Prospects like Isaiah Simmons come along once in a blue moon. Everyone knows how great he was at Clemson, and he rightly earned top-10 hype before the 2020 NFL Scouting Combine. But no one was quite expecting Simmons to be the highlight of the event with his insane measurables.
At 6-foot-4, 238-pounds with 33 3/8-inch arms, Simmons clocked in at 4.39 in the 40-yard dash, had a vertical of 39.0 inches and a broad jump of 11 feet.
Although some are overvaluing these measurables just a tad, Simmons is one of the five best non-quarterback prospects in this draft, as stated in PFF’s latest big board. Still, throughout the pre-draft process many have questioned how valuable Simmons can really be in the NFL considering he doesn’t have a set-in-stone position.
But we must ask ourselves: Is this really a big issue?
Simmons did everything at a high level for Clemson in 2019 — rushing the passer, defending the run, dropping into coverage — ultimately becoming the most valuable linebacker of the 2019 season. Simmons is the only player among 250 players profiled in PFF’s latest 2020 NFL Draft Guide who we didn't bother offering a comp — he's that unique.
Out of every FBS defensive player, only three recorded at least 100 snaps on the line, in the box, in the slot and at free safety:
|Jacoby Stevens (LSU)||146||295||257||268|
|Tyson Williams (Nevada)||100||360||164||158|
|Isaiah Simmons (Clemson)||116||299||262||132|
At the NFL level, only seven players have played at least 100 snaps at each of these alignments in either of the last two seasons:
|Antoine Bethea (2018)||161||436||158||336|
|Derwin James (2018)||205||418||166||216|
|Jabrill Peppers (2018)||133||196||108||281|
|Jamal Adams (2018)||137||489||172||281|
|Jeff Heath (2018)||123||267||143||448|
|Malcolm Jenkins (2018)||110||435||326||139|
|Tashaun Gipson (2018)||127||173||186||493|
|Malcolm Jenkins (2019)||147||399||256||201|
The role Simmons played at Clemson was extremely uncommon to see in college football. It's even rare to see at the NFL level considering the required skills and athleticism necessary to play each position.
Out of the seven players to play such a multifaceted role on an NFL defense, only two really succeeded. Derwin James of the Los Angeles Chargers and Jamal Adams of the New York Jets were the only ones who earned a PFF overall grade above 80.0. Among the three college players, only Simmons was really successful — both Jacoby Stevens and Tyson Williams produced PFF grades below 62.0.
While the measurables and athletic profiles of Simmons, James and Adams are vastly different, playing Simmons in a similar role is the best option. Simmons is too good to be limited to just one role within the defense. Out of every single off-ball linebacker and safety this past season in college football, Simmons was the only player to produce 80.0-plus grades against the run, when rushing the passer, in tackling and when in coverage.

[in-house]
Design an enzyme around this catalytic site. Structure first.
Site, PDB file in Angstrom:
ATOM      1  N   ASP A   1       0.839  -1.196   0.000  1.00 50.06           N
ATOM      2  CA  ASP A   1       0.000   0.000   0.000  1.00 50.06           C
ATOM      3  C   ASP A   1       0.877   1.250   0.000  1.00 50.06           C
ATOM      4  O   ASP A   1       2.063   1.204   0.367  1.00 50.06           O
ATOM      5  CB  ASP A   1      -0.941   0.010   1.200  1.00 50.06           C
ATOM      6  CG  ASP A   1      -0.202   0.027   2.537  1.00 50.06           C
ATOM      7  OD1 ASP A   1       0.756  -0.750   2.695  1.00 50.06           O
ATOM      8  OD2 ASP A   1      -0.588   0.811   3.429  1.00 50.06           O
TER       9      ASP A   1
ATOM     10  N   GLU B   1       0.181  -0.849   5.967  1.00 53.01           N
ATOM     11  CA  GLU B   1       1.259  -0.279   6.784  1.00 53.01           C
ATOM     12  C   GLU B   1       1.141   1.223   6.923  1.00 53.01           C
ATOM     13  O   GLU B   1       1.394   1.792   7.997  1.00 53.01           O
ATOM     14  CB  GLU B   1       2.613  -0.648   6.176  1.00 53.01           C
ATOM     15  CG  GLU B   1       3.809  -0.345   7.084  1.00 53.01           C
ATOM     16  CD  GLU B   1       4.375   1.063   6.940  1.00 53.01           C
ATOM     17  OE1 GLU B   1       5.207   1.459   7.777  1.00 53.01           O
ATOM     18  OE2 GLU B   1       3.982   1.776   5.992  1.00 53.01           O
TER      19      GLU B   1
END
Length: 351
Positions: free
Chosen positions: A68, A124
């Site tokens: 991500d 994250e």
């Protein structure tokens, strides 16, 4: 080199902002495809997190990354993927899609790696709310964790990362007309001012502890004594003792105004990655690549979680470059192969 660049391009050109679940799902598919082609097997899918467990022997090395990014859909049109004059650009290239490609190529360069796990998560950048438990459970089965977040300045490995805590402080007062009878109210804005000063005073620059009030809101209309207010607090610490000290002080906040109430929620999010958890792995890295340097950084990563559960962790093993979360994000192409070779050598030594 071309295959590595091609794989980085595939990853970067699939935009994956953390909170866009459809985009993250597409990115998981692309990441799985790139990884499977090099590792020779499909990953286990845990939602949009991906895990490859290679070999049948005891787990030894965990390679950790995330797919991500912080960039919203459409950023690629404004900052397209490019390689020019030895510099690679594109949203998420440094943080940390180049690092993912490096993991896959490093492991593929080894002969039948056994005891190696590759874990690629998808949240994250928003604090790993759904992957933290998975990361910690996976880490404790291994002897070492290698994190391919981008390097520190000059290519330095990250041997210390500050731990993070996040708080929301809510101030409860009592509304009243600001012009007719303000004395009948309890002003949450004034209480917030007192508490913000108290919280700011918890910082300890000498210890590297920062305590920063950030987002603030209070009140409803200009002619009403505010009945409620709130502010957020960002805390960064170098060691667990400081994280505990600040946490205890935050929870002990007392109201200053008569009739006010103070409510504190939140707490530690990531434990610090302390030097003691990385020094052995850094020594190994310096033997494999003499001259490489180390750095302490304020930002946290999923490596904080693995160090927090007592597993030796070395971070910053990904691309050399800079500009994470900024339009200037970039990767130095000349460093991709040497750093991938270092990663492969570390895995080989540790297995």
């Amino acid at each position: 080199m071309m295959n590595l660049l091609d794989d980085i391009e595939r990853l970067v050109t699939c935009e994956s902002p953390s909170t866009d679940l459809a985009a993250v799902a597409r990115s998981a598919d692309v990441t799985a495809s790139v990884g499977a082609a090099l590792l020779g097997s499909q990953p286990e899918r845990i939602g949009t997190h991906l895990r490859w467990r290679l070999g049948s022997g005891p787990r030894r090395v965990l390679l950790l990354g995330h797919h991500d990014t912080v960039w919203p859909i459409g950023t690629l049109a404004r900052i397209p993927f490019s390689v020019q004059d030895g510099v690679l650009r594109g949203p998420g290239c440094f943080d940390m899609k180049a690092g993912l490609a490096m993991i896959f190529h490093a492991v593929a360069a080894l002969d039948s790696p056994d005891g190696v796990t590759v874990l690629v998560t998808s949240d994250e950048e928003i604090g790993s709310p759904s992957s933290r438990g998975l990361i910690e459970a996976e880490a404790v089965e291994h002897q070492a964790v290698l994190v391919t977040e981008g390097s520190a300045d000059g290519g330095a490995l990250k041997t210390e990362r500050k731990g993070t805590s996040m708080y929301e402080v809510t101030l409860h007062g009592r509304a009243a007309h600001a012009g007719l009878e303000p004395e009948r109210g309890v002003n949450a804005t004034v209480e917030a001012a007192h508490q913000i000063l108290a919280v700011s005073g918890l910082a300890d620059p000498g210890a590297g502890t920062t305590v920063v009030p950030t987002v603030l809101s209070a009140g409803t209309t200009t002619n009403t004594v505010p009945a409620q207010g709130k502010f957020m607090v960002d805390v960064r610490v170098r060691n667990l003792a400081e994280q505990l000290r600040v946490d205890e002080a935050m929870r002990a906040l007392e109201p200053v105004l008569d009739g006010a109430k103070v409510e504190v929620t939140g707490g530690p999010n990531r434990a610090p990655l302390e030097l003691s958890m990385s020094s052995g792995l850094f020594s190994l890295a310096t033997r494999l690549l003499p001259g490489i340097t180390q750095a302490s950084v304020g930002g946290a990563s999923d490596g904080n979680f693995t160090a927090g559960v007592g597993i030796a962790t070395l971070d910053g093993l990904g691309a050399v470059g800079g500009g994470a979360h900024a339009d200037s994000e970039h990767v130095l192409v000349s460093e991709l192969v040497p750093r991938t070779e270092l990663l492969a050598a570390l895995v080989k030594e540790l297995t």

Wherever he was at on the field, Simmons could rush the passer better than most. He could explode through the gap as a linebacker like so:
Or he could come from the outside and assert his dominance on a tackle or pass-protector in the backfield:
This past year, Simmons garnered 30 pressures on his 73 pass-rush reps — the highest rate in the FBS at his position — en route to an 81.1 pass-rush grade.
Simmons could be slightly better in defending the slot, but considering his size you can’t ask for much better. He was tested in the slot more than most “linebackers,” and he still ended up producing one of the 10 best coverage grades and fourth highest by a Power-5 “linebacker” when in the slot. On his 138 coverage snaps in the slot, Simmons surrendered just one explosive play of 15-plus yards while forcing four incompletions and intercepting one pass.
While he gave up around a yard per coverage snap in the slot, most of his yards surrendered were schemed — you will rarely see someone of Simmons' stature be as good one-on-one. Regardless of alignment, Simmons could hang with any wide receiver he faced. In fact, on his 28 targets in coverage against wide receivers, Simmons forced an incompletion on 21.4% of those targets with three interceptions while allowing just 10 first downs.
When in the box, Simmons' coverage ability was again better than most “linebackers.” Whether he was picking up a tight end inline, a running back in the backfield or receiver in the slot, Simmons won.
He ended up allowing a minimal 67 yards on his 130 coverage snaps with just two first downs while forcing two incompletions and picking off one. He can also close on underneath routes exceptionally well with his sharp instincts. In 2019, Simmons had eight such defensive stops (e.g. tackle that constitutes as a loss for the offense), with three of those being a tackle for loss.
Perhaps Simmons' greatest attribute in coverage is his range when playing free safety. He can make plays all over the field when deep, whether he is playing single- or two-high. When playing free safety in 2019, Simmons was responsible for only 25 yards on 87 coverage snaps with one interception and one forced incompletion. This game-changing play he made late in the third quarter against Ohio State in the College Football Playoff Semifinal is a prime example of the damage Simmons can do at free safety:
Playing deep over the middle, Simmons reads Justin Fields like a child’s book and makes an impressive play on the ball.
Simmons is a Swiss Army knife — like Derwin James and Jamal Adams — but, again, he has a far different physical profile as those two. Although we can't comp Simmons to those two, teams should use him like these dynamic defensive weapons and prosper.